My first book, "The Ten Commandments: How Our Most Ancient Moral Text Can Renew Modern Life" (Scribner) is on sale now! For info about the book, events, and more, visit my website at http://davidhazony.com

Over the years I've published pieces on religion, Israel, and more in The New Republic, Forward, Moment, Commentary, CNN.com, The New York Sun, the Jewish Chronicle, Policy Review, the Jerusalem Post, and others. I also blog regularly at Contentions, the blog of Commentary Magazine. On the more scholarly side, I spent 4 years as editor of Azure, the quarterly journal of Jewish public affairs, have edited 3 books of Jewish and Israeli thought, and have a Ph.D in Jewish Philosophy from the Hebrew University in Jerusalem. I also translated Emuna Elon's novel "If You Awaken Love," which was a finalist for the National Jewish Book Award in 2007.

You can catch me on Twitter at @davidhazony, or visit my book's Facebook fan page at http://on.fb.me/NJpQpn Hope to see you there!

Customer Reviews

4.1 out of 5 stars
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The good thing is that it doesn't read like a textbook, it flows well.
RobLokkesmoe
Hazony argues that out of all the scriptures the 10 commandments were understood by the Hebrews as the core not only of faith, but of moral wisdom as well.
David Kenney
Read it slowly, ponder it often, and it may just change your personal life for the better.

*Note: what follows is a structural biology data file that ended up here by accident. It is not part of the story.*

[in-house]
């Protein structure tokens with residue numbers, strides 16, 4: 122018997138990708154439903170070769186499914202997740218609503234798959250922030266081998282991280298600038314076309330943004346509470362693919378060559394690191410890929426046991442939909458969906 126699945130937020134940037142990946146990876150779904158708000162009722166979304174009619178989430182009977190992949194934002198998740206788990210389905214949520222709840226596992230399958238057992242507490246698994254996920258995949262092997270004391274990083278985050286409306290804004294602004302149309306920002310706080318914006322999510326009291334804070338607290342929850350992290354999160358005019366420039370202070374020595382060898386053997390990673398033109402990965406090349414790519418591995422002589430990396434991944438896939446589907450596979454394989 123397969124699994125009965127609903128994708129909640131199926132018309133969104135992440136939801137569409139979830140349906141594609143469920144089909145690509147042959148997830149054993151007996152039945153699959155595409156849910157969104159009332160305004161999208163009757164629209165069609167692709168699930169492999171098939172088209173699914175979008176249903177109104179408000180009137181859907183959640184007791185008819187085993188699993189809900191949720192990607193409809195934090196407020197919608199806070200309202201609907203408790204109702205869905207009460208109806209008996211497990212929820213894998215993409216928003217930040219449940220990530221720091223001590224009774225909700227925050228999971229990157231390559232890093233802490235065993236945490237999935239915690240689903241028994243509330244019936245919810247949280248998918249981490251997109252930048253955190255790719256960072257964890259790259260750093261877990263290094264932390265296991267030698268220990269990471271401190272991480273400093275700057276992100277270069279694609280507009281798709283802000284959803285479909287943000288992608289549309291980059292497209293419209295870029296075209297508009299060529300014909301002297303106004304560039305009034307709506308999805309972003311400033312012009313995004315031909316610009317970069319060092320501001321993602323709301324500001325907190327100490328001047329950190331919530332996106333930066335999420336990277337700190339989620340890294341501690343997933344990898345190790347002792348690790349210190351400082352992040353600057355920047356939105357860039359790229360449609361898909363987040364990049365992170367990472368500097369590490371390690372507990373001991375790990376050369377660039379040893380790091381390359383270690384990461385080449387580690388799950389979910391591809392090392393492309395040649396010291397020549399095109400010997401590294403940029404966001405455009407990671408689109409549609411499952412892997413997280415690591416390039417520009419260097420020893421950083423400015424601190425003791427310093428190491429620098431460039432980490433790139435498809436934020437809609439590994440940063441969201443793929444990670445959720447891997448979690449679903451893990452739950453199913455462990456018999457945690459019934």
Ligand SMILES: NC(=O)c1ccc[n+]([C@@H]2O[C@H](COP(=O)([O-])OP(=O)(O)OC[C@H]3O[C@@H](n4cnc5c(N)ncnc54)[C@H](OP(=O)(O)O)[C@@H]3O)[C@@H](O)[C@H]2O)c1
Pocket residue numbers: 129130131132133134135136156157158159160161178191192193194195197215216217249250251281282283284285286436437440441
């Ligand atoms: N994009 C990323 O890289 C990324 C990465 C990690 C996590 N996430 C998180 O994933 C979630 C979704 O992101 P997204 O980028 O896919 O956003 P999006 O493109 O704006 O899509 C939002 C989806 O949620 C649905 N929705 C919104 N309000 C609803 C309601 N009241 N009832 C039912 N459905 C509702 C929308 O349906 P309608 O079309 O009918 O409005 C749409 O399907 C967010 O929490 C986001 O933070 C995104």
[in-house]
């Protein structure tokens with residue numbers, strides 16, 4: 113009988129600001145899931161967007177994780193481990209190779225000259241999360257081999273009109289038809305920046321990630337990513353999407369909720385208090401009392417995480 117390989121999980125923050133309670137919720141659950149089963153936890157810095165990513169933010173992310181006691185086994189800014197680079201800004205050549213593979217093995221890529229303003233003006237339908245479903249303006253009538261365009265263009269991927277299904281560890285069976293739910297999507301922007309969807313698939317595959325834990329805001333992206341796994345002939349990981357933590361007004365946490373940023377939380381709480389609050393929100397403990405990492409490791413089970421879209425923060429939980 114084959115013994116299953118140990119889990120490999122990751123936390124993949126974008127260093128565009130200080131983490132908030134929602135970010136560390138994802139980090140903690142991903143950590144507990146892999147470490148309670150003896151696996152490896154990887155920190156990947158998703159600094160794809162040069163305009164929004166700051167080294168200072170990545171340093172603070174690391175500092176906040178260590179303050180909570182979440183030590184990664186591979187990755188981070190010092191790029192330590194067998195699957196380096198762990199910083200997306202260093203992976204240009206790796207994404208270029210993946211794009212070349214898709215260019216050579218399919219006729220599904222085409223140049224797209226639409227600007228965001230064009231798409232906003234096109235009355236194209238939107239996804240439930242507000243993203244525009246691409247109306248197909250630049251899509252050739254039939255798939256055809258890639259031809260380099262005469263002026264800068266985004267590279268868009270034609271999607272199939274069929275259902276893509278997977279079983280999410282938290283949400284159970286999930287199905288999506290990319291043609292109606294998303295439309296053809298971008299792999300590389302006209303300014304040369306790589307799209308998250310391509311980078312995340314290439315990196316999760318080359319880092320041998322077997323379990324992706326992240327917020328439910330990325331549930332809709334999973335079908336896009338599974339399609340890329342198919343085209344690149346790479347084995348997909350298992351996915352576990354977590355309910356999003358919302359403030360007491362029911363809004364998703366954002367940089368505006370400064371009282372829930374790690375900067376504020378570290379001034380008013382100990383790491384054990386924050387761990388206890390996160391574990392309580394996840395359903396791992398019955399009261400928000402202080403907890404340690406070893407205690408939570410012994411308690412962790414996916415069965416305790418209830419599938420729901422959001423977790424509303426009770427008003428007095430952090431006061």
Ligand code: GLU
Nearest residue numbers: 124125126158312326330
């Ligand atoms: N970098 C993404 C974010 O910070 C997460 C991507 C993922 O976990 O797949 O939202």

Robert W. Gorman

Most Helpful Customer Reviews

25 of 26 people found the following review helpful By David Kenney on September 29, 2010
Format: Hardcover
So what happened was this - I have a few "facebook Rabbis" as friends, so since facebook knows my "preferences" - I sometimes get Hebrew related advertisements. Hey, who couldn't use a discount on Matza?

Anyway, one day I get an advert in my upper right corner about this new book by David Hazony on the 10 Commandments. I think to myself, `I like books, I like books on the Old Testament, and this guy David Hazony sounds like a "dope authority" on the subject. So why not pick it up?

Hazony did his doctoral studies in Jewish Philosophy, he also translated Emuna Elon's novel "If You Awaken Love," which was a finalist for the National Jewish Book Award in 2007.

From 2004-2007, Hazony served as editor-in-chief of Azure, the quarterly journal of Jewish public thought published by the Shalem Center; and his writings have appeared in The New Republic, the Forward, Commentary, Moment, The Jewish Chronicle, Jewish Ideas Daily, The New York Sun, Policy Review, the Jerusalem Post, Azure, and others. He also blogs regularly at Contentions, the blog of Commentary Magazine.

To start, I loved this book - fell in love with it right away. Hazony's voice is easy to read and his chapters break down easily as he takes each "commandment" a chapter at a time. Not only does he give you a clear understanding of each commandment, but he takes it a few more steps - how the Hebrews would have understood them in history, how they often are observed today and what the "deeper" thought is behind each one.

"The 1o Commandments is neither an archaic remnant of a dead past nor an arbitrary set of laws handed down to a hundred generations of hungry supplicants and rebellious fools.
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6 of 7 people found the following review helpful By Robert W. Gorman on October 24, 2010
Format: Kindle Edition Verified Purchase